Motor starter configurations

From Electrical Installation Guide

Motor controllers come in different types and configurations determined by many variables within an application. It is increasingly common for a process, machine or equipment such as HVAC to integrate the controller and the motor.

This enables the machine manufacture to add more value and control more of the solution, therefore minimizing risk associated with external coordination.

Some examples are shown on Figure N81.

Direct on line (DOL) starting

A direct on line (DOL) or across the line starter, the simplest type of motor starter, applies the full line voltage to the motor terminals.

DOL starting is sometimes used to start small water pumps, compressors, fans and conveyor belts. In the case of an asynchronous motor, such as the 3-phase squirrel-cage motor, the motor will draw a high starting current until it has run up to full speed. This starting current is typically 6-7 times greater than the full load current.

To reduce the inrush current, larger motors will have reduced-voltage starters or variable speed drives in order to minimize voltage dips to the power supply.

Soft starters

A motor soft starter is a device used with AC electrical motors to temporarily reduce the load and torque in the power train and electric current surge of the motor during start-up. This reduces the mechanical stress on the motor and shaft, as well as the electrodynamic stresses on the attached power cables and electrical distribution network, extending the lifespan of the system.

The motor is adjusted to the machine’s load by controlling the three-phase motor’s voltage supply during the start-up phase. Equipment is accelerated smoothly, this lengthens service life, improves operating behavior, and smooths work flows. Electrical soft starters can use solid state devices to control the current flow and therefore the voltage applied to the motor.

Soft starters are more expensive than DOL starters, but they are widely used due to their convenience and simplicity.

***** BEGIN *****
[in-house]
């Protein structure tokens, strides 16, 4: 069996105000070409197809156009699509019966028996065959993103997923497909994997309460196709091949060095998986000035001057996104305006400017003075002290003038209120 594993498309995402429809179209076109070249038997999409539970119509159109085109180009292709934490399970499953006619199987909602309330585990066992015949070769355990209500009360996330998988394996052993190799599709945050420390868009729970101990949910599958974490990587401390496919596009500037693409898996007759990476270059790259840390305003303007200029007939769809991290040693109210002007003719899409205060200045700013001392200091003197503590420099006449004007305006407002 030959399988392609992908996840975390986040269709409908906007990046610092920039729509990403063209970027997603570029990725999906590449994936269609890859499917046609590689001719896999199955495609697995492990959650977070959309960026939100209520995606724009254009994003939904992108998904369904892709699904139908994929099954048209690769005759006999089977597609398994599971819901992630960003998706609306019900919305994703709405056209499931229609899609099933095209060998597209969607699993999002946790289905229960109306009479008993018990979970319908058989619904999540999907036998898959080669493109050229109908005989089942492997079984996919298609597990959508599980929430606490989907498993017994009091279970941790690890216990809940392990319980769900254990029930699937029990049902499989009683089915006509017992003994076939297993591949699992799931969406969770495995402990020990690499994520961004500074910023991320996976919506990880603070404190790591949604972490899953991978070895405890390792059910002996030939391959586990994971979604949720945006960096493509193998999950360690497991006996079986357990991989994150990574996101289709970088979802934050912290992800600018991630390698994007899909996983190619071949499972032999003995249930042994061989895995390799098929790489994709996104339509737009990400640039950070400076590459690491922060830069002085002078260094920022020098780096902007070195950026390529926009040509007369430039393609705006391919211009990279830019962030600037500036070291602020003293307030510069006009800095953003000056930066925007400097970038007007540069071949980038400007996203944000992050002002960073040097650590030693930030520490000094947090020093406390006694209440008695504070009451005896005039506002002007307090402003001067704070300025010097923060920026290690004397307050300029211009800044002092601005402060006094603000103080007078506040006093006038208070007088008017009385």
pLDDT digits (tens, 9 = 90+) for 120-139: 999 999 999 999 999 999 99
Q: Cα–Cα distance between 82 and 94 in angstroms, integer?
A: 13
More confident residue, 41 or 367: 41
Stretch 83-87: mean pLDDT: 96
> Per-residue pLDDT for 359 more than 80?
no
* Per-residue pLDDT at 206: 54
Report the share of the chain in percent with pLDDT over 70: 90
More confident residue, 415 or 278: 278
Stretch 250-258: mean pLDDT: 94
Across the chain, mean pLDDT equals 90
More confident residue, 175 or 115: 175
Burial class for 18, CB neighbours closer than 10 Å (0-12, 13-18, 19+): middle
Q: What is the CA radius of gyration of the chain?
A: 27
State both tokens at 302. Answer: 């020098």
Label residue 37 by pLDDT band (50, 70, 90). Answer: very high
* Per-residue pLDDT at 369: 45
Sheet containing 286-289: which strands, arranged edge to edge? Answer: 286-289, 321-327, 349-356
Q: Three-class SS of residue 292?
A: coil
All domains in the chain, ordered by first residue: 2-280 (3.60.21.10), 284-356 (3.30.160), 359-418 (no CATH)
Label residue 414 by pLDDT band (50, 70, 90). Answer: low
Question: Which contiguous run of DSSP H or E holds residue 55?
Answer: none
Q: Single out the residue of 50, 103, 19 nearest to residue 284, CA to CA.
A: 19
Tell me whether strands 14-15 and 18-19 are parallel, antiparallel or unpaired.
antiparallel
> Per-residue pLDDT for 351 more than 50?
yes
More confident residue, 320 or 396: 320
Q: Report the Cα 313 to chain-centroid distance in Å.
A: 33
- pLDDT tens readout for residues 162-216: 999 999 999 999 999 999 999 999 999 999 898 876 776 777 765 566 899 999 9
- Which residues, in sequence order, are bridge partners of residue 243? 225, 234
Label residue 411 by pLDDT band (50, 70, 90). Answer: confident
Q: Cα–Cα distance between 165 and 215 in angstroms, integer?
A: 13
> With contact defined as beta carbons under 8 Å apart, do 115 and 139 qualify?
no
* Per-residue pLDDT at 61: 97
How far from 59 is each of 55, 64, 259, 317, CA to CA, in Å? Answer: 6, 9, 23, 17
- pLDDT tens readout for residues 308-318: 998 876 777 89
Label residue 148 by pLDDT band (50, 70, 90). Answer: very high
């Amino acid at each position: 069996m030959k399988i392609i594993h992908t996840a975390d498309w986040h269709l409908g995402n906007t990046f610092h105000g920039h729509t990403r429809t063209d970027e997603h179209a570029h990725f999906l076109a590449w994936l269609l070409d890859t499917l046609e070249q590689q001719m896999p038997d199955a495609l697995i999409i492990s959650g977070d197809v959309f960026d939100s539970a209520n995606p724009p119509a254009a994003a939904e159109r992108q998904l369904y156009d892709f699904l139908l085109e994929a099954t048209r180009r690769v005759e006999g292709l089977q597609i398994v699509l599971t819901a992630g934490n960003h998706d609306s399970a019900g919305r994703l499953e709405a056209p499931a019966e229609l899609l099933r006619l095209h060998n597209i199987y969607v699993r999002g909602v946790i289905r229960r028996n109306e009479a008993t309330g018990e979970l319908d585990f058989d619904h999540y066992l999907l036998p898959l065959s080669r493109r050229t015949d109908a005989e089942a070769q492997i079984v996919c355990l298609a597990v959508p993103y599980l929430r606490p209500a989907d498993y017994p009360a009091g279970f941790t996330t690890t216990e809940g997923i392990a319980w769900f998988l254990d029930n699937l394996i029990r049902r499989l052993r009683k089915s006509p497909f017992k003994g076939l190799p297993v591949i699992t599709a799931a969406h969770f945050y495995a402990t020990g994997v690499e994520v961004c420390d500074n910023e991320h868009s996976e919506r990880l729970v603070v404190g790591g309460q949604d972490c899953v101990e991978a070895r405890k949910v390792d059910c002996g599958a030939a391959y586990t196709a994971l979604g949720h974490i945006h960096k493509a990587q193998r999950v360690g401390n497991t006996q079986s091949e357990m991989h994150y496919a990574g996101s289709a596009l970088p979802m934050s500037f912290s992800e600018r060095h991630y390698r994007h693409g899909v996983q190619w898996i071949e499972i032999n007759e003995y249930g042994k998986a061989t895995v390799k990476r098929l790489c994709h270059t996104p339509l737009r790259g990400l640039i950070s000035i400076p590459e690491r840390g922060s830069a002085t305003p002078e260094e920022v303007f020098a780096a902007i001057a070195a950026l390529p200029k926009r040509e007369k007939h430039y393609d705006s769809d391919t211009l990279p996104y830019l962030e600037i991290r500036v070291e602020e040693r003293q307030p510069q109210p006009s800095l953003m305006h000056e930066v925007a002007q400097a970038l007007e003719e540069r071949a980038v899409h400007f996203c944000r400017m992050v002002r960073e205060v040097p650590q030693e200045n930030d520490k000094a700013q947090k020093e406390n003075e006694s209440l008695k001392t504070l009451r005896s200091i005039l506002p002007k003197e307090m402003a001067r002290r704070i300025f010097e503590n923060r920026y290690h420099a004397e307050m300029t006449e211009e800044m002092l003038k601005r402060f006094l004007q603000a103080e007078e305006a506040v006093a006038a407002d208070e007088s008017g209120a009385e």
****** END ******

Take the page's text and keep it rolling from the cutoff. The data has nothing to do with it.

Variable frequency drives

A variable-frequency drive (VFD; variable speed drive, AC drive) is a type of adjustable-speed drive used in electro-mechanical drive systems to control AC motor speed and torque by varying motor input frequency and voltage. VFDs are used in applications ranging from small appliances to large compressors.

The VFD controller is a solid-state power electronics conversion system consisting of three distinct sub-systems: a rectifier bridge converter, a direct current (DC) link, and an inverter. Most drives are AC-AC drives in that they convert AC line input to AC inverter output.

A VFD is extremely versatile and often used in process applications where a constant pressure or flow needs to be maintained. In addition, because the motor can be run at a slower speed and hence use less energy, use of a VFD can facilitate significant power savings.

Variable speed drives are generally the most expensive method of motor starting, but their versatility means they are very widely used.

Applicable standards

The different applicable standards are listed on Figure N82.

Fig. N82 – Applicable standards
Standard Title
IEC 60947-1 Low-voltage switchgear and controlgear – General rules
IEC 60947-4-1 Contactors and motor-starters –Electromechanical contactors and motor-starters
IEC 60947-4-2 Contactors and motor-starters – AC semiconductor motor controllers and starters
IEC 60947-6-2 Multiple function equipment – Control and protective switching devices (or equipment) (CPS)
IEC 61800 Adjustable speed electrical power drive systems

Different utilization categories have been defined for contactors in IEC 60947-4-1. The selection relative to asynchronous motor control is given in Figure N83.

Fig. N83 – Different categories of AC contactors used for asynchronous motor control
Category Typical applications
AC-1 Non-inductive or slightly inductive loads, resistance furnaces
AC-2 Slip-ring motors: starting, switching off
AC-3 Squirrel-cage motors: starting, switching off motors during running
AC-4 Squirrel-cage motors: starting, plugging[a], inching[b]
  1. ^ By plugging is understood stopping or reversing the motor rapidly by reversing motor primary connections while the motor is running.
  2. ^ By inching (jogging) is understood energizing a motor once or repeatedly for short periods to obtain small movements of the driven mechanism